Tate and the art dealer Anthony d’Offay have agreed to end their relationship. The announcement came today in a joint statement by Tate and Anthony d’Offay.
Recently photos have emerged of racist selfies of the dealer with Gollywogs
“This involves the return of works on loan to Tate from Anthony d’Offay and Anthony d’Offay Limited and the removal of public signage at Tate. The Artist Rooms Collection, which is jointly owned by Tate and the National Galleries of Scotland, will not be affected by these changes. Neither Tate nor Anthony d’Offay will be commenting further on this matter.” – Tate Statement
The art dealer/philanthropist Anthony d’Offay gave his £200m art collection to the nation and created Artist Rooms a touring exhibition that has had an audience of over 30 million. The dealer was the subject of a police investigation over allegations of sending malicious emails to a former employee. No further action was taken. The incident also raised concerns about inappropriate behavior towards two other women in the 1990s -2004. Some were also former employees. Trustees at the Tate renewed links with d’Offay in April 2019. As a result 35 artists and curators signed an open letter, questioning the decision to continue ties with the dealer. They asked if the gallery had carried out an internal investigation into d’Offay’s behaviour. The gallery did not comment at the time.
Recently photos have emerged of racist selfies of the dealer with Gollywogs. Earlier this year when the Tate expressed support for the Black Lives Matter movement on social media, the statement backfired when a selfie image showing D’Offay posing in a mirror with a Golliwog emerged.
We Industrious stated on instagram, ‘In 2017, a Black woman artist came forward as a whistleblower, making public a mirror selfie of Anthony d’Offay holding a racist doll which was sent to her as part of a long term pattern of abuse.
The removal of his name is a welcome development that has come after three years of continued pressure from a number of working groups. However, this statement fails to address in any way the trauma compounded by the institution through the excuses they have continued to make around their relationship with d’Offay during that time. Until now, Tate had continued to insist publicly that there was no ongoing formal relationship with him.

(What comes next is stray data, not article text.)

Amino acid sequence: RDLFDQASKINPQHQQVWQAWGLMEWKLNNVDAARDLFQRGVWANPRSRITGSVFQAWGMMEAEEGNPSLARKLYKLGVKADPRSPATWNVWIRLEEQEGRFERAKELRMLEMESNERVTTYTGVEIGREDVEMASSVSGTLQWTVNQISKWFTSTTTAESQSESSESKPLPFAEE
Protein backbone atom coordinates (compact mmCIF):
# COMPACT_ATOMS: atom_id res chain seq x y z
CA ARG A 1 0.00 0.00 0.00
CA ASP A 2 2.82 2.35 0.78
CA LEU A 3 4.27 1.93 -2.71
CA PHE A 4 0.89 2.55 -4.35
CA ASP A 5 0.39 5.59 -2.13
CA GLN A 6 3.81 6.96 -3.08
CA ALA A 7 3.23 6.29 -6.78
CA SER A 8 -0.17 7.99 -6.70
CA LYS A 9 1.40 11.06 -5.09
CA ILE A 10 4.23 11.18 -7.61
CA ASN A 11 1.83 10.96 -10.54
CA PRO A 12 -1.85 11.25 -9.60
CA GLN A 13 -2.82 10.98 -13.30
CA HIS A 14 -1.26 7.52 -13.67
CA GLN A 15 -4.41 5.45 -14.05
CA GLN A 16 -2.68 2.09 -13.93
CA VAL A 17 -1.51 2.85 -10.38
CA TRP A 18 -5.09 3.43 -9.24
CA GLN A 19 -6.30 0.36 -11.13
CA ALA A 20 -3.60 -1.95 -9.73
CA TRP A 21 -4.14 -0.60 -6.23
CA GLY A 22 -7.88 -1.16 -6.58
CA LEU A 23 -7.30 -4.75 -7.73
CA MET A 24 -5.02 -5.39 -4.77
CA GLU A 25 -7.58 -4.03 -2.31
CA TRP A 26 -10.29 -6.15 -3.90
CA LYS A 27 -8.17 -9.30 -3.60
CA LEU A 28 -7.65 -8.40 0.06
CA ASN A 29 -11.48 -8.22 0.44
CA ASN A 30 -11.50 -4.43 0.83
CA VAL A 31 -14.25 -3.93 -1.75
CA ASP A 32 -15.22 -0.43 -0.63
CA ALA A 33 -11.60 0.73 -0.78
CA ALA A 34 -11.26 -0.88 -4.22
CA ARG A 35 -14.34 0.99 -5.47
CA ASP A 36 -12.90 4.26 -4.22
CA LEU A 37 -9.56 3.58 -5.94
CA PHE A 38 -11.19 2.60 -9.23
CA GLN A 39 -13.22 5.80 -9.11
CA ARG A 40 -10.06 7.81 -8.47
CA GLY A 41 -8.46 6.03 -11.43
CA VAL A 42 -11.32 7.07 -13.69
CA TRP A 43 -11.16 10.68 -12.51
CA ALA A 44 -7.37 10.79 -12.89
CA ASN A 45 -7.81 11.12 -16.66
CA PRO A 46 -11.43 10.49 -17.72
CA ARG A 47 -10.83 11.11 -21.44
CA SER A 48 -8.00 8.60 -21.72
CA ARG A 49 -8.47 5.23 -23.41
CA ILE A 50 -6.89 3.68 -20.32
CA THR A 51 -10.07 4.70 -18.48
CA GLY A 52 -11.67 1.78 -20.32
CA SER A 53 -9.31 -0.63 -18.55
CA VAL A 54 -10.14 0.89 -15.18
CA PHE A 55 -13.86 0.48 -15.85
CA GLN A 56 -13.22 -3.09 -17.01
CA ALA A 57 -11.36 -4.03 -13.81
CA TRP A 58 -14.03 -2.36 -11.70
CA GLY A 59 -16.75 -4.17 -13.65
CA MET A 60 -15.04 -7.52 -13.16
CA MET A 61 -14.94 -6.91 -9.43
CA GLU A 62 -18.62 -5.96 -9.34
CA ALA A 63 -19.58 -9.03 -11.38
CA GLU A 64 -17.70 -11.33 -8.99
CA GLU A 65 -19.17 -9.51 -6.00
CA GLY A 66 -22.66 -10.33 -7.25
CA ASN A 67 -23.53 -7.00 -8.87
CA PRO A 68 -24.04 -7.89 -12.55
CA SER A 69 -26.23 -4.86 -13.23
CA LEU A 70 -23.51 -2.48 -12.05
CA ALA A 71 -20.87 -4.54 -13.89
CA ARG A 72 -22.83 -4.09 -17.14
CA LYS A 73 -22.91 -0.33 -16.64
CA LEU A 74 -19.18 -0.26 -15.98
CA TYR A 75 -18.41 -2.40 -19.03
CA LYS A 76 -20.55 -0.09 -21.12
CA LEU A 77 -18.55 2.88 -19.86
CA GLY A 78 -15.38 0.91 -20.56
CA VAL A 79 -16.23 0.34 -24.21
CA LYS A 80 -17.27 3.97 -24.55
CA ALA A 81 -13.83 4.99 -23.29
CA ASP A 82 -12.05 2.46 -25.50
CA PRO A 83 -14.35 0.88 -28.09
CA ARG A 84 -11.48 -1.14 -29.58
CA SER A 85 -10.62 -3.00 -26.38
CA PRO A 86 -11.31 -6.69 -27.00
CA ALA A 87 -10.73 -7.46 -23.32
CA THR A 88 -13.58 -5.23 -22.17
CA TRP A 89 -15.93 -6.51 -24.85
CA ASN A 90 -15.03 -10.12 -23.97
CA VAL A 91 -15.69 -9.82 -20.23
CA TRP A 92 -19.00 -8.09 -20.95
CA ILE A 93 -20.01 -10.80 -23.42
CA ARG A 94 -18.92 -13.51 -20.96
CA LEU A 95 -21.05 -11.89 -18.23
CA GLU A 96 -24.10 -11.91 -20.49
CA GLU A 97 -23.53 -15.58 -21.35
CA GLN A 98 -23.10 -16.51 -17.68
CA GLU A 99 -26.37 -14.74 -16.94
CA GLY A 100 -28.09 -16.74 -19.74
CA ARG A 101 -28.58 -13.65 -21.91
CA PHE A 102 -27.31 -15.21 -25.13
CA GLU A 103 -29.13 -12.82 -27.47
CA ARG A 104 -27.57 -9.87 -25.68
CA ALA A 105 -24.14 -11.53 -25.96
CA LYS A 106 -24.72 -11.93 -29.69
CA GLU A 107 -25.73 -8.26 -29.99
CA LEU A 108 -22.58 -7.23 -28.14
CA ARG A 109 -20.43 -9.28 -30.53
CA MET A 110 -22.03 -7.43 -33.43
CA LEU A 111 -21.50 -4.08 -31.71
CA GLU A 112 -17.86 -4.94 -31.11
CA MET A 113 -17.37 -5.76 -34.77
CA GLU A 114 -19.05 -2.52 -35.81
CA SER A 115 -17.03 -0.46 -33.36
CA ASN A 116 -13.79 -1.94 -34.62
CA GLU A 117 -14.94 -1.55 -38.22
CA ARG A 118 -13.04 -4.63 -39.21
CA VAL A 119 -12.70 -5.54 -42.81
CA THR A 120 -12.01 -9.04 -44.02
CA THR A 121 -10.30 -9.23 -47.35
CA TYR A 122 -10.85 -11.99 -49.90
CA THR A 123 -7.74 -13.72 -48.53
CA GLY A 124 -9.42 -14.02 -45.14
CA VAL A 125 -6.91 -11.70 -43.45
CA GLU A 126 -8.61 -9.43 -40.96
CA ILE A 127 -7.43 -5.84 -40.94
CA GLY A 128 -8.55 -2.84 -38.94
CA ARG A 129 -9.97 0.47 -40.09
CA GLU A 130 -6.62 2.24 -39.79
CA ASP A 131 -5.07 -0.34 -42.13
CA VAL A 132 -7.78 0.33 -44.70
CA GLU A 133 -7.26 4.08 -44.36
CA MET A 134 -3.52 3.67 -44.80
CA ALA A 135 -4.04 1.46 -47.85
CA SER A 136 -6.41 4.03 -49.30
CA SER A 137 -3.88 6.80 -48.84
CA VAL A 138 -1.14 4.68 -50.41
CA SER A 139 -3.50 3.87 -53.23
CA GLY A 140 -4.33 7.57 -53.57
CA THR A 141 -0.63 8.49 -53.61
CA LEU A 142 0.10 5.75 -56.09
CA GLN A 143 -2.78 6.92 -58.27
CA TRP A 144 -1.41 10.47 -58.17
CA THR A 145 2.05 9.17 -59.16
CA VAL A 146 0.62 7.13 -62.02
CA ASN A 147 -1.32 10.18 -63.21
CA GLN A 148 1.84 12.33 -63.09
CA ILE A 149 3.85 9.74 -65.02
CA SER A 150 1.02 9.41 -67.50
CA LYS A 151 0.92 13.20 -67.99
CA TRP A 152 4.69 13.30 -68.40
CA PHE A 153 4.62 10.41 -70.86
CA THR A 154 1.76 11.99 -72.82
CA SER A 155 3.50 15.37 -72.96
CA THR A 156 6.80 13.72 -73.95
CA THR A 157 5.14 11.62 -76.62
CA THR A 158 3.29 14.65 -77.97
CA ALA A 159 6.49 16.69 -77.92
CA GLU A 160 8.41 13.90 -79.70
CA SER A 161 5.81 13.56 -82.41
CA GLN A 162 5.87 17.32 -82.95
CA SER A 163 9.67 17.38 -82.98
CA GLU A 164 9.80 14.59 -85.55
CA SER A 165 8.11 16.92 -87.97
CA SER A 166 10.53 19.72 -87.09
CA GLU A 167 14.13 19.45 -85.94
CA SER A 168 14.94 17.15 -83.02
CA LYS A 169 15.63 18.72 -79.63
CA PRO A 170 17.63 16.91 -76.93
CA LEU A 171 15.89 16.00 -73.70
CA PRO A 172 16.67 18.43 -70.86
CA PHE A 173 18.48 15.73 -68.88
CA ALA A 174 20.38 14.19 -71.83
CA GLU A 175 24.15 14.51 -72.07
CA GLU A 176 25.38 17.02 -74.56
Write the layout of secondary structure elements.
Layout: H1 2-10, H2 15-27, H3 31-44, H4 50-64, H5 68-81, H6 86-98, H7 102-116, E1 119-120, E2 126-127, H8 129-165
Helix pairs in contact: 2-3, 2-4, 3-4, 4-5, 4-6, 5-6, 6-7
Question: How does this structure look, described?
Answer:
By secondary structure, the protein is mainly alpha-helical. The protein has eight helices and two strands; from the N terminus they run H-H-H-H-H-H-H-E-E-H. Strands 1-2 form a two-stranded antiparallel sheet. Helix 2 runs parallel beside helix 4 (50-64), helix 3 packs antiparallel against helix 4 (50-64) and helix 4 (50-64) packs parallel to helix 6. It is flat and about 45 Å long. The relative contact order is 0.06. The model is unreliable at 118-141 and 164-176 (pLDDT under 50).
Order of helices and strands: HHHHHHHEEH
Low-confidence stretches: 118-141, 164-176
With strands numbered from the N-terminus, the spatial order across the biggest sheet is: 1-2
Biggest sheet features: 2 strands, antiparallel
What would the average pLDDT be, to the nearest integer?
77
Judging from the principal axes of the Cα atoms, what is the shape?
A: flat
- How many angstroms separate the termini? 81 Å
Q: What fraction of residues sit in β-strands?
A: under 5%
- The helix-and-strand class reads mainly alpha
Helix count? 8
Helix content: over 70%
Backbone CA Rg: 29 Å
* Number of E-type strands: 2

Whilst we welcome this first step, this is not what accountability looks like. This statement does not account for the continued racial bias in the Artist Rooms collection, something which the removal of his name will not remedy. It also maintains a silence around institutional racism that runs deep within Tate and will not end with d’Offay’s removal. The mass redundancies we are seeing now are a symptom of the same major ethical failings which sustain this structural racism.
The next action, as suggested in the dossier compiled and sent to Tate by Industria and a wider working group in February 2020, must be to institute a robust and truly independent ethics committee and policy capable of holding the institution to account. It is time for the structure of Tate to be entirely overhauled so they can be truly accountable to we, the public, artists, and workers.’
Born in Sheffield to a French father, Anthony d’Offay was only 25 when he opened his first tiny gallery near Piccadilly. Within a year he had sold a drawing by Jean Cocteau to Paul McCartney, and he launched a new gallery near Bond Street in 1969. He helped revive the reputations of Wyndham Lewis and Stanley Spencer, and in the year his gallery closed it hosted exhibitions of Ron Mueck, Anselm Kiefer and Bill Viola. For 15 years he organised mostly historical exhibitions of early 20th-century British art including Abstract Art in England 1913-1915 (1969) which critically reassessed the importance of the Vorticist movement in the UK. In the 1970s, he started to show contemporary art, exhibiting Lucian Freud, Michael Andrews, Eduardo Paolozzi, Frank Auerbach and William Coldstream. The gallery in London made many distinguished exhibitions by some of the greatest artists of our time including Willem de Kooning, Carl Andre, Maurizio Cattelan, Lawrence Weiner, Jasper Johns, Ellsworth Kelly, Agnes Martin, Jeff Koons, Roy Lichtenstein, Gerhard Richter, Jannis Kounellis, Anselm Kiefer, Richard Long, Bruce Nauman, Gilbert & George, Richard Hamilton, Brice Marden, James Turrell, Rachel Whiteread, Sigmar Polke, Cy Twombly, Ron Mueck and Andy Warhol, who he commissioned to make the celebrated ‘Fright Wig’ Self Portraits.